Worried you’ll over-optimize your blog posts, and maybe make them less friendly to your readers? That’s something marketers have gone back and forth over for years. But it is possible to write great content for both your audience and the search engines. Julie Gauthier explains how in her blog post, “How to write good blog posts for your audience and SEO and make sure they perform“.
For sites that want ample inbound traffic, blogging is pretty much an essential tactic. But you can’t just start publishing anything, at any quality, willy-nilly.
Pick topics that are both on strategy and of interest to your audience. Then do keyword research to make sure you’re using the same language your audience does. After that, leverage some of the blogging tactics we’ve mentioned to create more posts, more easily. Tactics like content curation, finding guest writers, hiring freelancers, republishing posts and more.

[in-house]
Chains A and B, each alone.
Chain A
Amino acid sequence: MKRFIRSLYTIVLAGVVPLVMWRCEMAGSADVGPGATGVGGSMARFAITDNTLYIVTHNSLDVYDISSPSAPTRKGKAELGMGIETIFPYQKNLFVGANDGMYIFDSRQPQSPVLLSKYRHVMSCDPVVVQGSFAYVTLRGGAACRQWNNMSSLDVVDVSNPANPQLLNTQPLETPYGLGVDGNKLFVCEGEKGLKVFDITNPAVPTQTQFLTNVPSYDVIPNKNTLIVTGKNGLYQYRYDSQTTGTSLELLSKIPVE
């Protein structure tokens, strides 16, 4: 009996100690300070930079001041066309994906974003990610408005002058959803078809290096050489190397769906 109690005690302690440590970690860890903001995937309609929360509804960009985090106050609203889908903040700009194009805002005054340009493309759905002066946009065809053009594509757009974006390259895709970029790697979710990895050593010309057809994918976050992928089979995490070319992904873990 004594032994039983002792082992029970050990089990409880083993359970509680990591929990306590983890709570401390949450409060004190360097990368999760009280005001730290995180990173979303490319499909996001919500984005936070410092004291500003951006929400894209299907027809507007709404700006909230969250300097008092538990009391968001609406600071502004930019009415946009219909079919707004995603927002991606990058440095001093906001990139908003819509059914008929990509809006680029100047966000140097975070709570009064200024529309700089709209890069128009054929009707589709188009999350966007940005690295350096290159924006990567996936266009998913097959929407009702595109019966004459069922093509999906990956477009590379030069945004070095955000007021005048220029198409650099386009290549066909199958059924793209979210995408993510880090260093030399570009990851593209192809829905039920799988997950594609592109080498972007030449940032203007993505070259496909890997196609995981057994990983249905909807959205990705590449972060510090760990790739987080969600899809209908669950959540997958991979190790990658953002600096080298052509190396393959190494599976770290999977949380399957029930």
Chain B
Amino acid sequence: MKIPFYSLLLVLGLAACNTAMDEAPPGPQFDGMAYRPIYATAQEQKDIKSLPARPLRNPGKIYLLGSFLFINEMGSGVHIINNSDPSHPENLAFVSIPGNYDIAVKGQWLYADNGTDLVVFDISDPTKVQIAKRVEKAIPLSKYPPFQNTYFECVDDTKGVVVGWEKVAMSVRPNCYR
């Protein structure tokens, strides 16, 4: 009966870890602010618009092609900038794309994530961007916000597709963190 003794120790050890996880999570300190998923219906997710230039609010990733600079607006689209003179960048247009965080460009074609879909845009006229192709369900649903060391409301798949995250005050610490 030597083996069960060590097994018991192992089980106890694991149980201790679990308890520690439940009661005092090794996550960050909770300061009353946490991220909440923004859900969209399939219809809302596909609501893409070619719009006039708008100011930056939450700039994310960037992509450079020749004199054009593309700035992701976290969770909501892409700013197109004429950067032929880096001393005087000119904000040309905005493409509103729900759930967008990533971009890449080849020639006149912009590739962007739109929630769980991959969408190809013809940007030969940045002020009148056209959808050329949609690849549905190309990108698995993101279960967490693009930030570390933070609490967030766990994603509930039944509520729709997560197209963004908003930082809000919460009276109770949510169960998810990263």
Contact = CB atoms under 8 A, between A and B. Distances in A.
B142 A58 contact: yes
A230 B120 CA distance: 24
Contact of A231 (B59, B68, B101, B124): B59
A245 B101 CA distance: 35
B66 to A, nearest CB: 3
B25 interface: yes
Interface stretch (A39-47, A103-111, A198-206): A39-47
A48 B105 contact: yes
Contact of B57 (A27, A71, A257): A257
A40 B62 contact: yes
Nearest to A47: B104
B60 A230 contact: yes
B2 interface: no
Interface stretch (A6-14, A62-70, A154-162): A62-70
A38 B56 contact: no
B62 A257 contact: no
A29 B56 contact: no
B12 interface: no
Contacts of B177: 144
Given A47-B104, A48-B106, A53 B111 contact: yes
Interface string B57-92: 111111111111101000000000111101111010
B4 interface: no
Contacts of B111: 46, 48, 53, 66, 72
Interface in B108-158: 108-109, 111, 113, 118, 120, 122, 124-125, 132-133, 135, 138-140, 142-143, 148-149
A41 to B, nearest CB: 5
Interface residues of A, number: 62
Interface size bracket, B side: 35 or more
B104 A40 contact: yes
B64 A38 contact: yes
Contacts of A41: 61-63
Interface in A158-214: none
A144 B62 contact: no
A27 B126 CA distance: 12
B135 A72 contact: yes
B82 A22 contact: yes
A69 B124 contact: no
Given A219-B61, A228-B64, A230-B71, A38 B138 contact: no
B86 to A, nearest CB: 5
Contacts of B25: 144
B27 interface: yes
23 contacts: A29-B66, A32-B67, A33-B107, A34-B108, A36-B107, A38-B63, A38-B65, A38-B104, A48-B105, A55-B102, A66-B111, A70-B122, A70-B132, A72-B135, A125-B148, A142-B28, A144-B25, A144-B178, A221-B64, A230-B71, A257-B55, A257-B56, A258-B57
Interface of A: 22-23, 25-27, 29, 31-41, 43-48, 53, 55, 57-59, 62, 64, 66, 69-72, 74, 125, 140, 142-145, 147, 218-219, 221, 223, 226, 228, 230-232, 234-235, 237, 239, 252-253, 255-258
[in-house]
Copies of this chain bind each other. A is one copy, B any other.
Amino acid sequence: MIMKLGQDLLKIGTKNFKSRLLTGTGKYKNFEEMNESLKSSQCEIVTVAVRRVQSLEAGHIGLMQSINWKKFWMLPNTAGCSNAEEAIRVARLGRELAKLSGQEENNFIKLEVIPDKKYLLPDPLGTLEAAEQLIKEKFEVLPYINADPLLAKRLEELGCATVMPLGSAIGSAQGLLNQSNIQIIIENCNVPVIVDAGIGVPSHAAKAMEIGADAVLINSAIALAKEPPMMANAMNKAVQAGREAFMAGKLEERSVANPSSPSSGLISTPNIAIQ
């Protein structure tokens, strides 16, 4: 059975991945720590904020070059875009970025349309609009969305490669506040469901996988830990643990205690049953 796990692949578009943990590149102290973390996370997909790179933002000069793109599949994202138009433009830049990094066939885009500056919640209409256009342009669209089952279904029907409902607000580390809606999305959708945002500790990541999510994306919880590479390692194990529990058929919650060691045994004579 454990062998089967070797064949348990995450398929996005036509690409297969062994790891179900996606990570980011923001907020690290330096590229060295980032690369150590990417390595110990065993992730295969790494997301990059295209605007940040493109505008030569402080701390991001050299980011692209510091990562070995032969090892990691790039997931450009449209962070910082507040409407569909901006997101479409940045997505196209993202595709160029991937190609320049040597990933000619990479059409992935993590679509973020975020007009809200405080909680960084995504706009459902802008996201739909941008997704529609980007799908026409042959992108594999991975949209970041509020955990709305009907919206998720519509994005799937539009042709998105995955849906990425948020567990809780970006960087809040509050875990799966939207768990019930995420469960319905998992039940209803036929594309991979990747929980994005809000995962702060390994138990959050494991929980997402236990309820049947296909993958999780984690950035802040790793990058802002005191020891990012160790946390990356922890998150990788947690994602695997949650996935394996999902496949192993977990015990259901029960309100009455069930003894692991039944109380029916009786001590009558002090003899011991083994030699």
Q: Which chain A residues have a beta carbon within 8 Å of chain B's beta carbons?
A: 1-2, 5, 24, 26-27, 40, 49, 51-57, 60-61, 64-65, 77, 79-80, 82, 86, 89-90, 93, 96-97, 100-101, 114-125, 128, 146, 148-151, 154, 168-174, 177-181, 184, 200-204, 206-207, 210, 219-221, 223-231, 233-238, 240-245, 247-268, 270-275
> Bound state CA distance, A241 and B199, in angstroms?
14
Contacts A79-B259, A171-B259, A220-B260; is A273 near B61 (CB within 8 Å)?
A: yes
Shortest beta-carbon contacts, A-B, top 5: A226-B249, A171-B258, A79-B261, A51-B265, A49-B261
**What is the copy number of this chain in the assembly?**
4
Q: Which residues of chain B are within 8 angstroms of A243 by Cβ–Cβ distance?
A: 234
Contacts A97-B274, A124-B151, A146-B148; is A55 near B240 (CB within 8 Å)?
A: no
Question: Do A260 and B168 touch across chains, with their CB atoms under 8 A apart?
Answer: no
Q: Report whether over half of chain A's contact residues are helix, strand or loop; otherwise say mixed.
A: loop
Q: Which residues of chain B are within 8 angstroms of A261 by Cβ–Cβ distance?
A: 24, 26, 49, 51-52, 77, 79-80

Then finally, before you publish, run through some basic on-page SEO to make sure your content is optimized for the search engines. Give the whole process some time – at least three to six months – and you’ll start to see results.
Back to you
Are you blogging for your business? Have you seen any increase in traffic or leads after you started blogging more? Share your thoughts in the comments. We want to know what you think. Read our eBook on how to blog consistently in 30 minutes per day or less.
Image by Betsssssy
Guest posting is another great way to drive quality traffic to your blog/website.
I have been writing articles fir some popular blogs and it is a great experience.
Outstanding article! I’m going to have to bookmark this. Right now my target audience is anyone who accidentally stumbles upon my website. I need to focus a bit more.